He concludes that the grades are important but the testing system methodology means that good grades and learning are not correlated, so “get the good grades but also learn,” he insisted.

Which I am here to reiterate. Learn.

Yes, there is a difference between someone who learned his way to A grade and one who just studied for the test. It shows.

Eventually, anyway. Say, when one sits for an interview at Google, where they actually state it is important to show the steps through which you had arrived.

It is even more notable that, Google, with its Big Data initiatives, uncovered that, after a year or two at their offices, employee performance only slightly correlated with GPA and so they had entirely stopped asking for grade transcripts save for new grads and the occasional case when someone has been out of school for a long time.

Or so claimed Laszlo Bock, the Senior Vice President of People Operations at Google, in his 2013 interview with The New York Times. He did add that this is perhaps because GPA gauges success in an artificial environment.

The artificiality of the academic cocoon is of course something that modern day pedagogy is becoming increasingly cognisant of. To address it, some are going quite far. Bill Gates, in his blog, tells of visiting Ricky Thacker’s classroom at Betsy Layne High School, where the very classic classroom setup is dismantled and reimagined.

Teachers have no special designated desks, each wall being assigned a white board and the classroom painted in bright orange and yellow to give it an energetic vibe. The unorthodox teaching methodology puts the students first, engages them in creative ways with the course content rather than the traditional shock and awe factor of authority. And so far the school is doing all the better for it.

It is not only rich nations on the other side of the Atlantic applying innovative pedagogy. Right here in Iran, where I just happen to reside, Dr Shahrokh MirzaHosseini serves as the president of Avicenna International School, Tehran.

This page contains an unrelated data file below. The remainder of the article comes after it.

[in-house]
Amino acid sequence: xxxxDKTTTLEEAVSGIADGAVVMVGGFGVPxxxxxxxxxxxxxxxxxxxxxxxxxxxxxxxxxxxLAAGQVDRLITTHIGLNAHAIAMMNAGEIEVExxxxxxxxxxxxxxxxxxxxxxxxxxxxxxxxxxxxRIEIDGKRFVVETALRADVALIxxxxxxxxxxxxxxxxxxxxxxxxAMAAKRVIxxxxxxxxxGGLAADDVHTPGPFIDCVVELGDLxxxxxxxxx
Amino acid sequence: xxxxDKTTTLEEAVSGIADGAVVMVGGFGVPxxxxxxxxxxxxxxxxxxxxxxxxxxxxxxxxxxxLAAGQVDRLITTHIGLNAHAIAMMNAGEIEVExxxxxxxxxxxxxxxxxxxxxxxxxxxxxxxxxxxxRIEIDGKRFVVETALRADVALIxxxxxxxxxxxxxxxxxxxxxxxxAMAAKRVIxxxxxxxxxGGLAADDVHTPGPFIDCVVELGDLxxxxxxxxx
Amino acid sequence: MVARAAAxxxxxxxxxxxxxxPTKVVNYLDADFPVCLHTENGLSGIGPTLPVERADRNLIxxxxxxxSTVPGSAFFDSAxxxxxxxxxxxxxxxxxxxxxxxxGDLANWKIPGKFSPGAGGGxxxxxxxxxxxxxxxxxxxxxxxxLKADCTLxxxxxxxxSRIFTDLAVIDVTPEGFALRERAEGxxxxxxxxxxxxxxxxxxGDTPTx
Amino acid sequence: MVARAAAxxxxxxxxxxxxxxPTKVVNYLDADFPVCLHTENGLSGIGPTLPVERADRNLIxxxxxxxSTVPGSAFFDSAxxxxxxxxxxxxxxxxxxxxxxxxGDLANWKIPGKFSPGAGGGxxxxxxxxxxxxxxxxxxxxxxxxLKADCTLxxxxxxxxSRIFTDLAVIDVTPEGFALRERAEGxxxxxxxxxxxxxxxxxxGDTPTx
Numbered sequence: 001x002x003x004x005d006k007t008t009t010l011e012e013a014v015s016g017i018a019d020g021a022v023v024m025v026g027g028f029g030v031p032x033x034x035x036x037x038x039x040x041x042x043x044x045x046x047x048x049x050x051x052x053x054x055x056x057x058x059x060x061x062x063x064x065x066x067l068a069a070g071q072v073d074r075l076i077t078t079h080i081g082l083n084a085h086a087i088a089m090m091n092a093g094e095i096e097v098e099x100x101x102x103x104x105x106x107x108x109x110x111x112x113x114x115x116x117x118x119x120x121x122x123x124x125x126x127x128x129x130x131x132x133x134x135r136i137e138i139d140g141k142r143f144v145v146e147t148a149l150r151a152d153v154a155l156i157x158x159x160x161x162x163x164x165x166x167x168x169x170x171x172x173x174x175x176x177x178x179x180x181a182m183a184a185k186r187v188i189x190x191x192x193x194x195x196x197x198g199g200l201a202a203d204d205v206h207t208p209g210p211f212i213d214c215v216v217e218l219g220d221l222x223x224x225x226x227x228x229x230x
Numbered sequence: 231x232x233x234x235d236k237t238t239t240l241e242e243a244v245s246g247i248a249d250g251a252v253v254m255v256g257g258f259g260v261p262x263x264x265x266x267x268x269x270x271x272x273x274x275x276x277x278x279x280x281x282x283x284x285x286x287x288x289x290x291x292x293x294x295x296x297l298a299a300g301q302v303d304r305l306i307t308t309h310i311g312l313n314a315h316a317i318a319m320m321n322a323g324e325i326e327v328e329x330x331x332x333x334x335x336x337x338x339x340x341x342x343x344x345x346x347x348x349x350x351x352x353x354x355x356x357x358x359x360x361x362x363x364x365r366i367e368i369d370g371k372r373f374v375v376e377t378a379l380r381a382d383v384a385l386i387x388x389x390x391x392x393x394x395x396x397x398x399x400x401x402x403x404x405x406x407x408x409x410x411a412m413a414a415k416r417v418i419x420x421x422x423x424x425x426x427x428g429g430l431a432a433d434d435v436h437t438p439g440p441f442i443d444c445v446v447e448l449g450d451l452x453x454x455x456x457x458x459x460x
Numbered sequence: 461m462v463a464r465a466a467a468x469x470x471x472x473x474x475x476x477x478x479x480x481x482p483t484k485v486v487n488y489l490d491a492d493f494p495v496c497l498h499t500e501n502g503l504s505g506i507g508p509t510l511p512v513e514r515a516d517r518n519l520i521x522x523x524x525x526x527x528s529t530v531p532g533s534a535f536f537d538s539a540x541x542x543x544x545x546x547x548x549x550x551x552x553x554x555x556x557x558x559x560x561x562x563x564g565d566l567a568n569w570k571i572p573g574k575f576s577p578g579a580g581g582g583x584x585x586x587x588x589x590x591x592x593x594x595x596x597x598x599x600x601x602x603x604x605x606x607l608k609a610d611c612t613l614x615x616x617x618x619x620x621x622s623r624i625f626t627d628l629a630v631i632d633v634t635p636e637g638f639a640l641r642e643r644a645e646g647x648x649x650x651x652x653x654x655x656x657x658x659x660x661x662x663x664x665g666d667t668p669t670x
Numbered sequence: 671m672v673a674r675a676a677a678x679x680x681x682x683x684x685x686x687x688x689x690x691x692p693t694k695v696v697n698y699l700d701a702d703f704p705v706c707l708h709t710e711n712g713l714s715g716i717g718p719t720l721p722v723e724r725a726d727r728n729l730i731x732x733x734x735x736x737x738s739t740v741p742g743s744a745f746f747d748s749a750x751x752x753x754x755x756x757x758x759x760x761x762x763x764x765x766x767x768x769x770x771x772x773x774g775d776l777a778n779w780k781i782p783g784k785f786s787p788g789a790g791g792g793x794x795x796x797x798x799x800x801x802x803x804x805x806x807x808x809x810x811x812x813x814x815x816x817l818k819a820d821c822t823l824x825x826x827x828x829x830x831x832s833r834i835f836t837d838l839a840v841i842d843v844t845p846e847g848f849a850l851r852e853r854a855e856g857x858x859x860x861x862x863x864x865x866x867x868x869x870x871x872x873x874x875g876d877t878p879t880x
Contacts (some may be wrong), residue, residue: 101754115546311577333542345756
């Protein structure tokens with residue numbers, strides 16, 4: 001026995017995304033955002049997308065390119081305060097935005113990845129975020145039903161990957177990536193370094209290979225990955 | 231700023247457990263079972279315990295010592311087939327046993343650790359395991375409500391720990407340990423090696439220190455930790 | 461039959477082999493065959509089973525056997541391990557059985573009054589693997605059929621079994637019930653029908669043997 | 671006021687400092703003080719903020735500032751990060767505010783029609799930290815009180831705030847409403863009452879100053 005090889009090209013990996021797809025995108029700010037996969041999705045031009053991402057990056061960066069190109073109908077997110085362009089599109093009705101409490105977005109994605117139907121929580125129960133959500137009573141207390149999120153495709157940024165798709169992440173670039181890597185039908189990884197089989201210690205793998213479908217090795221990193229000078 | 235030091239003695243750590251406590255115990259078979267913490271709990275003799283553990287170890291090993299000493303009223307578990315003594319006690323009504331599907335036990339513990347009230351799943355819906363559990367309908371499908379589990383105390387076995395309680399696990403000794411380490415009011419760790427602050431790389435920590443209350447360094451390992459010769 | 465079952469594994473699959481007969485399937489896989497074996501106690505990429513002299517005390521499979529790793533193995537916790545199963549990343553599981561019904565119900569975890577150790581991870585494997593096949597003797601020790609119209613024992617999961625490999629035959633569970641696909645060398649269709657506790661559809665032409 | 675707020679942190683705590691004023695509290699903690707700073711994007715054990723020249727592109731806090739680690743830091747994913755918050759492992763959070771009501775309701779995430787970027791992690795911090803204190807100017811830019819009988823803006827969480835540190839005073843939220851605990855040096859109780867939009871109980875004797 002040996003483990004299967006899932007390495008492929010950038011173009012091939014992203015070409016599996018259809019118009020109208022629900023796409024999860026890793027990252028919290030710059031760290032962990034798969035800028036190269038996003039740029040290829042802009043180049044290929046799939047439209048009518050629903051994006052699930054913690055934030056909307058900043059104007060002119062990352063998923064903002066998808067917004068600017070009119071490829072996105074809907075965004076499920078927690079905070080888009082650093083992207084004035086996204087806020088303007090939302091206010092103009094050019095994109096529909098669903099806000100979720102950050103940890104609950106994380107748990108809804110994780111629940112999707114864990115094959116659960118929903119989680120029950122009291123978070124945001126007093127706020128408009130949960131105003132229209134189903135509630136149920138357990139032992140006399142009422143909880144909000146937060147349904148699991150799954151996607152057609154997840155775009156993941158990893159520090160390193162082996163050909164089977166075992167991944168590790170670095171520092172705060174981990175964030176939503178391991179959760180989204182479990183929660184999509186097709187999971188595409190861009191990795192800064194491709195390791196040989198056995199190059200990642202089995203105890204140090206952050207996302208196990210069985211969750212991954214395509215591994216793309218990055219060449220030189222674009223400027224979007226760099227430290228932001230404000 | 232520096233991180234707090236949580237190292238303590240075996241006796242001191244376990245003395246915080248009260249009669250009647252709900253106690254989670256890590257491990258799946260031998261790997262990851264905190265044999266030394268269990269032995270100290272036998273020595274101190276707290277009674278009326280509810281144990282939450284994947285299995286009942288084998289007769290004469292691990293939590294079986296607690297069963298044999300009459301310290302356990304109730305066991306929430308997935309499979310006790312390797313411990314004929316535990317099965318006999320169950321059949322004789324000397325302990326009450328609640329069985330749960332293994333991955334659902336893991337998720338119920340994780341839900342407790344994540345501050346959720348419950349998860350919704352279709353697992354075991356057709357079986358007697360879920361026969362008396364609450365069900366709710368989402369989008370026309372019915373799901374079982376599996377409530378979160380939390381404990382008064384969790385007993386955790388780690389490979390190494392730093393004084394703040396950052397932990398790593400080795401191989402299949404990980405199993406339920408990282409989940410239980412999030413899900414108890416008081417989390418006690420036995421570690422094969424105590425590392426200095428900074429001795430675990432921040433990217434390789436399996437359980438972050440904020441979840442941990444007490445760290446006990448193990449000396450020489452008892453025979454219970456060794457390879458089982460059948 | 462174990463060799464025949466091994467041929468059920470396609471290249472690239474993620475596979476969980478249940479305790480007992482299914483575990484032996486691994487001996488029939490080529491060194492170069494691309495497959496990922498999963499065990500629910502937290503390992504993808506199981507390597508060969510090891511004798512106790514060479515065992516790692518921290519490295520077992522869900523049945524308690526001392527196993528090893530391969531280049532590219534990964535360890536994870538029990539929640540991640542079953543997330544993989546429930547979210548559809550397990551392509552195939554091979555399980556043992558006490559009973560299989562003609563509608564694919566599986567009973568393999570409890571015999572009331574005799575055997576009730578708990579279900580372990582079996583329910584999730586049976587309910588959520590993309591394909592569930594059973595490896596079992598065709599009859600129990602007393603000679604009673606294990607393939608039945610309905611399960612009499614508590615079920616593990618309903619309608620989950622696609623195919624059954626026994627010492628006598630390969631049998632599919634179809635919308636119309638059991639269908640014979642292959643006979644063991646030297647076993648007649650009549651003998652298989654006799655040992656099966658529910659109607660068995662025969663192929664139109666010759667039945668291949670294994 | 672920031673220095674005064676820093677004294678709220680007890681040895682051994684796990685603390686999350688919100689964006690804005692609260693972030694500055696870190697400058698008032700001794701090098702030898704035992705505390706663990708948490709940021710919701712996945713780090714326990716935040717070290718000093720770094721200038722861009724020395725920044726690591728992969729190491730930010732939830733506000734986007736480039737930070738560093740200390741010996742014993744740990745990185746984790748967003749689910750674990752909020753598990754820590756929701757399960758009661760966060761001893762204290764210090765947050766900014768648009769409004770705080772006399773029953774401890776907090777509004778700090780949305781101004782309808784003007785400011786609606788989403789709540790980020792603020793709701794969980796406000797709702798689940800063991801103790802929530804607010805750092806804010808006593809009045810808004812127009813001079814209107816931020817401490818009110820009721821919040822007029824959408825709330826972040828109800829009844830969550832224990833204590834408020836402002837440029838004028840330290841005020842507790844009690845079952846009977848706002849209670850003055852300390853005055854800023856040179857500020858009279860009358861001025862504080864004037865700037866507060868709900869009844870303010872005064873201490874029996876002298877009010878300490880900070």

I was given the chance to attend a faculty meeting, and he presented a very similar vision of what classrooms ought to be like. With charismatic witticism too, I have to add.

Think again of classrooms where teachers are not asserting their authority by having their privileged desks, with monitors assigned to each grade, and promoted with their cohorts until eighth grade, since that is where puberty hits and the resultant metamorphosis demands a new monitor -- healthy snacks being available to students in class to address their nutritional needs and such and not insisting on how to sit, as we are quite fond of doing.

All this is a sign that the education landscape is changing. While poverty is holding us back here and there, we are mostly held back by the poverty of thought. So let’s not rot the children’s brains under excessive private tutorship. Give them a novel to read. A documentary to watch. Do not declare grades to be an end in itself.

And when stuck on a problem, trust their ability to handle it. The human brain is a wondrous biological apparatus. You will be surprised at what it can do.

Syed Raiyan Nuri Reza is a freelance contributor writing from Tehran.